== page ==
My parents celebrated their Golden Wedding anniversary last month with a party. It was a lot like a wedding reception as there was a sit down meal, live music and ballroom dancing. As the eldest of their children I was asked to give the speech and propose the toast. Talking to my parents before I wrote the speech and hearing their stories about their wedding day made me realise how that day was only the start of their story.
In books the wedding is so often the end of the story. The full stop in a ‘Reader, I married him’ kind of way. But in real life it’s never that simple. This is an issue that I’m battling with in my writing at the moment. Having given two of my characters a HFN ending in my first novel (Beltane), in the second book in the trilogy (Lughnasa) we get to see what that actually means. They went through a pretty traumatic time in Beltane and it would be wrong to think that it’s all heart and flowers for them now. They’ve got challenges but (so far!) they’re facing them together.
How much information to give readers at the end of a book is a difficult question for writers and I guess that’s why epilogues are popular. It gives writers the chance to show us what happens next so that we get the satisfaction of seeing the characters tying the knot or having a baby.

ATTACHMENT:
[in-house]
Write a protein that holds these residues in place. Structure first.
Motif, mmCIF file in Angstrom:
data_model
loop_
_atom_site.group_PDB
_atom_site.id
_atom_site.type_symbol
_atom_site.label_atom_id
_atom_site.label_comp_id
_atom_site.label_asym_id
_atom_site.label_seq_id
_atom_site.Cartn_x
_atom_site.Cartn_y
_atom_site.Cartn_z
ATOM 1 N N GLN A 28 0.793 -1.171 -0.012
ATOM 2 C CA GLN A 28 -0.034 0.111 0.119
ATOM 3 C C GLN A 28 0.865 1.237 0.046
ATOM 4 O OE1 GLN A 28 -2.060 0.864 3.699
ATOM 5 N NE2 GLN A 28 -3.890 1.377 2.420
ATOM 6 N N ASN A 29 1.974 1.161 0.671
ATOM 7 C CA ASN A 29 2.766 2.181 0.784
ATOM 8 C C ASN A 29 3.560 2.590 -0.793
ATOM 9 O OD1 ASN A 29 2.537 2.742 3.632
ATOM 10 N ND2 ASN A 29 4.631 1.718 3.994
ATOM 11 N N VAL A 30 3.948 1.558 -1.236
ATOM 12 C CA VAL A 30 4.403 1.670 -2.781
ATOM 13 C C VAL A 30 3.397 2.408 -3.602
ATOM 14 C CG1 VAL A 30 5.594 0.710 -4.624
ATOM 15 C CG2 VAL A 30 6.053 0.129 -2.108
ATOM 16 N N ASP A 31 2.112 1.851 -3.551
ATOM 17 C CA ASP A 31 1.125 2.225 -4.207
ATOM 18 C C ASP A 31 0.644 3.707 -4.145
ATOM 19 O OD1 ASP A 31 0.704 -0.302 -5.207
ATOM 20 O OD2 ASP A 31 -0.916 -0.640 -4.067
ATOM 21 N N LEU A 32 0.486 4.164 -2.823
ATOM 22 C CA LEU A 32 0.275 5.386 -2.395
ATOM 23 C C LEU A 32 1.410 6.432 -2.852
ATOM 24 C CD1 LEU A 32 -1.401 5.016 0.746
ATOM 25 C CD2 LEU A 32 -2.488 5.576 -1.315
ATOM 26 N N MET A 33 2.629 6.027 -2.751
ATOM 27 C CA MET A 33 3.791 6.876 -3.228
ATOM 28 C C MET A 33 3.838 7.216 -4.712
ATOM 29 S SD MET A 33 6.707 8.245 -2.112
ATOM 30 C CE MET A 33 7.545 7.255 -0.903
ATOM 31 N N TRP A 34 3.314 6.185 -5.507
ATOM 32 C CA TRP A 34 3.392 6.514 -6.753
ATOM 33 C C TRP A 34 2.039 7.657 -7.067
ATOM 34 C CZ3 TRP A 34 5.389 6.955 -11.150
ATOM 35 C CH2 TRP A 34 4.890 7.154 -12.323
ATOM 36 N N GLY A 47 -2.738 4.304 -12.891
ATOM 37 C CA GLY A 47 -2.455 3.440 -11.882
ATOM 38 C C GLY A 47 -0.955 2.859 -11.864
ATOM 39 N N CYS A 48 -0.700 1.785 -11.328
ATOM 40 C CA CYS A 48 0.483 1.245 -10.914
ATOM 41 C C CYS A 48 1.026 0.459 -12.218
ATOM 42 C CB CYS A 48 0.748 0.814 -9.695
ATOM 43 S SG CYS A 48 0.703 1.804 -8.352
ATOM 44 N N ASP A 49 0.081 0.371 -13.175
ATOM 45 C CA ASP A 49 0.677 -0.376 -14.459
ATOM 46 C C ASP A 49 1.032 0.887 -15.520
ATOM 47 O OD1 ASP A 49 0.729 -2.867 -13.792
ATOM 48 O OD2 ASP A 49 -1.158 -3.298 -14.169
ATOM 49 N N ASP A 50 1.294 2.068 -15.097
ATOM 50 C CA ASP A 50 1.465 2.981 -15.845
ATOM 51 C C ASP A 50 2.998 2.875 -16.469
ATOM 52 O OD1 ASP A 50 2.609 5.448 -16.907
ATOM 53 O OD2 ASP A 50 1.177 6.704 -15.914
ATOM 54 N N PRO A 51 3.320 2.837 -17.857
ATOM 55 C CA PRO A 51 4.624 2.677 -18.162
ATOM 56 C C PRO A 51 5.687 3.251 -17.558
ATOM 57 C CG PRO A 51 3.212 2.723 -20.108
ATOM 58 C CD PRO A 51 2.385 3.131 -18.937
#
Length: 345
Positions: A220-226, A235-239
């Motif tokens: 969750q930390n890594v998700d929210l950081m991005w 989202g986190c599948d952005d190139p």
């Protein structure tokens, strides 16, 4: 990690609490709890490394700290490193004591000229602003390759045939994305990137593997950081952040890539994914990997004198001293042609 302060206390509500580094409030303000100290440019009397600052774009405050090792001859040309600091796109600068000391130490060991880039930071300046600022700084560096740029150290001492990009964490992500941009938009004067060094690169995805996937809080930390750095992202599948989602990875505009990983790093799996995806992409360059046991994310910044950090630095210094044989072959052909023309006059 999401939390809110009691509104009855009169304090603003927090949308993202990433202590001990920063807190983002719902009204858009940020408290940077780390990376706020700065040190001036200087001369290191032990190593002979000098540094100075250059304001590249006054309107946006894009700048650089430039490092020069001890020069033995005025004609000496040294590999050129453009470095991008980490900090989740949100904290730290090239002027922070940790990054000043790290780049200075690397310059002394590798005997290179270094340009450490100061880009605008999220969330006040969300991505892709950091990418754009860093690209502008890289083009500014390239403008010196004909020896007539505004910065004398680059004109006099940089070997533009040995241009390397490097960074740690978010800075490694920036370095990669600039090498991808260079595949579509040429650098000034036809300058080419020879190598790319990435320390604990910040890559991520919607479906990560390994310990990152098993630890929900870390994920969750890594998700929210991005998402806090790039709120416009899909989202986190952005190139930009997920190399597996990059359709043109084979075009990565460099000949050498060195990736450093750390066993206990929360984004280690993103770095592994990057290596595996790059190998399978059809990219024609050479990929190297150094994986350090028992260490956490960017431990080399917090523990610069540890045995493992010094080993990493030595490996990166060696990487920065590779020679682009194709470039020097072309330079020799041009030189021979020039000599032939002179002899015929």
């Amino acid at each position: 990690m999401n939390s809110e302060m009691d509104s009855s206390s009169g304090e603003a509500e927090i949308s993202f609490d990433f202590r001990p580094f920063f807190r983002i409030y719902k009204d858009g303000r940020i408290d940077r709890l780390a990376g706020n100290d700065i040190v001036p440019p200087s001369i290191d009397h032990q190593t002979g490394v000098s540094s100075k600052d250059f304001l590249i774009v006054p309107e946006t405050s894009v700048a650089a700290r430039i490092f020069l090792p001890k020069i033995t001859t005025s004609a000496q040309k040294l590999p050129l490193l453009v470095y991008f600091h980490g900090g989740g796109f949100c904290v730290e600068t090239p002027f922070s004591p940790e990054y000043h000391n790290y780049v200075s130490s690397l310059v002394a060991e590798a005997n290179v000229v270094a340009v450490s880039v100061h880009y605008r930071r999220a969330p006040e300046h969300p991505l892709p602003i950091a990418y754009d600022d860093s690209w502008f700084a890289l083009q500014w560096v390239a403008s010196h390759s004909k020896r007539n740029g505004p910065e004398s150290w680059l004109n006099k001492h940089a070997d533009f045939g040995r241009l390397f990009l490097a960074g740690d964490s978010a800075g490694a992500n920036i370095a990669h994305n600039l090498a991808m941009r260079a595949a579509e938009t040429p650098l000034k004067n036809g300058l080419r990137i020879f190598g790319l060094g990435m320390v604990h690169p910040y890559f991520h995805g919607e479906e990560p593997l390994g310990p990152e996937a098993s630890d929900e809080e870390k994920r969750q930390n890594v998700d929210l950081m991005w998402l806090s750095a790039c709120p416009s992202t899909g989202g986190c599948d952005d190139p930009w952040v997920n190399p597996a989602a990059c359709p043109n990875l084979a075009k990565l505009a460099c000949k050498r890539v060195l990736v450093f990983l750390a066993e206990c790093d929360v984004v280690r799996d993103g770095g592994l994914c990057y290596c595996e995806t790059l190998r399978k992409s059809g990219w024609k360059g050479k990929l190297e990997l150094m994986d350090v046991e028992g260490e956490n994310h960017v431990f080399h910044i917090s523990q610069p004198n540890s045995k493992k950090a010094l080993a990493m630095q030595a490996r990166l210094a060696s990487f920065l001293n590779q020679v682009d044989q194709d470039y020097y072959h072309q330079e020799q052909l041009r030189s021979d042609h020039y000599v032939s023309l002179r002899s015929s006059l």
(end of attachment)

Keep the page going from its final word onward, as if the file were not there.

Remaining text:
But some couples need more than a quick epilogue. Some need another mention in a later book to reassure dedicated readers that they’re thriving in happy ever after land. Other couples go on to demand new books all to themselves, sometimes from completely different writers.
Elizabeth and Darcy are a great example of this, hence the proliferation of Pride and Prejudice sequels. Apparently there are over sixty of these with Death at Pemberley being probably the best known. Other classics (and I use that word loosely) are ‘Mr Darcy and the Secret of Becoming a Gentleman’, ‘Mr Darcy’s Undoing’ and ‘Pride and Prejudice and Zombies’ (and no, I’m not making that one up!)
Being a bit of a Jane Austen purist I’m not keen on any of these. In my opinion even P.D. James shouldn’t mess with Austen. But that’s just me.
What do you think? Are there literary couples who leave you wanting more? What sequels have you read? Did they work for you or did they leave you a bit dissatisfied? I’d love to know.
Photographs from Golden Wedding Party by Maynard Case www.maynardcase.co.uk